The electronic control unit 42 executes the processes shown in the flowcharts of FIGS. 5 and 6. The flowchart of FIG. 5 shows a slip control routine executed by the electronic control unit 42, and that of FIG. 6 shows a characteristic compensation routine executed at step S145 in the flowchart of FIG. 5. The electronic control unit 42 specifies a target domain of the slip control operation based on the driving conditions of the vehicle and repeatedly execute the slip control routine at intervals of several milliseconds or several tens milliseconds. In a concrete operation, the electronic control unit 42 determines whether the slip control routine is to be executed, based on the output shaft rotating speed Nout and the throttle valve travel θth. FIG. 7 illustrates a target domain of slip control.

Upon condition that both the output shaft rotating speed Nout and the throttle valve travel θth are in the target domain of slip control shown in FIG. 7, the electronic control unit 42 starts the slip control routine of FIG. 5. At step S100, data of the engine speed Ne, the input shaft rotating speed Nin, the output shaft rotating speed Nout, the throttle valve travel θth, and the change gear step Ps are input via the interface circuit. At step S110, the electronic control unit 42 calculates a target slip revolution speed NSLP* from the output shaft rotating speed Nout, the throttle valve travel θth, and the change gear step Ps input at step S100. The target slip revolution speed NSLP* may be determined by referring to a three-dimensional map prepared and stored for each change gear step Ps to represent the relationship between the output shaft rotating speed Nout, the throttle valve travel θth, and the target slip revolution speed NSLP*.

FIG. 8 is an exemplified map applicable to determination of the target slip revolution speed NSLP* based on the output shaft rotating speed Nout and the throttle valve travel θth at a specified change gear position Ps. In this example, the target slip revolution speed NSLP* is determined to be either 50 rpm or 100 rpm according to the output shaft rotating speed Nout and the throttle valve travel θth. The process of determining the target slip revolution speed NSLP* corresponds to the target value setting unit RS shown in FIG. 1. After the target slip revolution speed NSLP* is determined at step S110, the program proceeds to step S120 at which an actual slip revolution speed NSLP of the torque converter 12 is calculated as a difference between the engine speed Ne and the input shaft rotating speed Nin. At step S130, a deviation e is determined by subtracting the target slip revolution speed NSLP* from the actual slip revolution speed NSLP.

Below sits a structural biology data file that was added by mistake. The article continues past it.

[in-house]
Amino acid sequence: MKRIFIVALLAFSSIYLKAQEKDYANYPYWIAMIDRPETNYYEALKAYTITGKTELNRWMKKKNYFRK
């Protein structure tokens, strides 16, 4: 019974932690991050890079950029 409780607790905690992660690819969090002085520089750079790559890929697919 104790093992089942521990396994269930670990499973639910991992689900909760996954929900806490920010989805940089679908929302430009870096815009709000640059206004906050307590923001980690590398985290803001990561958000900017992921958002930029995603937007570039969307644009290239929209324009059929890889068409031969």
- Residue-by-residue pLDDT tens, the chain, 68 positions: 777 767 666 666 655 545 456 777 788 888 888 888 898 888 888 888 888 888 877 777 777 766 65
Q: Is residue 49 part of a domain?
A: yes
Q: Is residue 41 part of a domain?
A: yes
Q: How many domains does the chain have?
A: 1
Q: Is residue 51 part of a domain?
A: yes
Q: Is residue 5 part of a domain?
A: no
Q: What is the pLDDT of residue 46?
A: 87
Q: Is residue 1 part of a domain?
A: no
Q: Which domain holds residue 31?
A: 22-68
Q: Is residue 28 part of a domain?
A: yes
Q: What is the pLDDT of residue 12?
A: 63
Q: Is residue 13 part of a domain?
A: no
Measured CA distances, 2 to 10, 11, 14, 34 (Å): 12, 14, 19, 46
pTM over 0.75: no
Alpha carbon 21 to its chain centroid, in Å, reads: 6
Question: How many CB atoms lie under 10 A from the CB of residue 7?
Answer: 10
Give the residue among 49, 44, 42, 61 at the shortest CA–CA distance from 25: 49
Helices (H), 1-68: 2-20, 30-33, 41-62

Although the number of times of repeating the slip control routine is not mentioned above, the routine repeated at intervals of several milliseconds or several tens milliseconds is a discrete process to make the times of repetition distinguishable. The electronic control unit 42 stores in the RAM 86 data of the deviation e and a plant input u corresponding to a driving current actually running through the linear solenoid valve 52, which are obtained in the current cycle through in the cycle executed i times before. At step S140, the electronic control unit 42 calculates the plant input u corresponding to the driving current of the linear solenoid valve 52 by the equation given below: ##EQU1##

As expressed by Equation 2, a next plant input u(k) is determined as a total of summation of past plant inputs u(k-i) multiplied by a first controller coefficient ai and summation of past deviations e(k-i) multiplied by a second controller coefficient bi. The past plant inputs u(k-i) and the past deviations e(k-i) are obtained in the previous cycle through in the cycle executed n times before, and in the current cycle through in the cycle executed n times before, respectively. Although H∞ control is applied to calculate the plant input u(k) in accordance with Equation 2 in this embodiment, H∞ control is not essential to the principle of the invention and the conventional PID control may also be applicable. Details of the H∞ control including the determination of the coefficients ai and bi will be described later. The process of determining the plant input u(k) corresponds to the plant input calculation unit OC shown in FIG. 1.

The program subsequently goes to step S145 at which characteristic compensation is executed with respect to the plant input u(k) determined at step S140 to give a modified plant input u(k)'. The program proceeds to step S150 to output the modified plant input u(k)' to the linear solenoid valve 52 via the interface circuit and goes to NEXT to exit from the routine.

FIG. 6 shows details of the characteristic compensation process executed at step S145 in the flowchart of FIG. 5. The characteristic compensation process corresponds to the characteristic compensator CC shown in FIG. 1. The electronic control unit 42 reads the amount of air intake Qn at step S200, and determines a difference of plant input Δu(k) at step S201 by subtracting a previous plant input u(k-1) from a current plant input u(k-1) determined at step S140 in the flowchart of FIG. 5. The difference of plant input has the smaller absolute value than the plant input itself, thereby improving the precision of operation. This process corresponds to a differential operation unit DC shown in FIG. 2.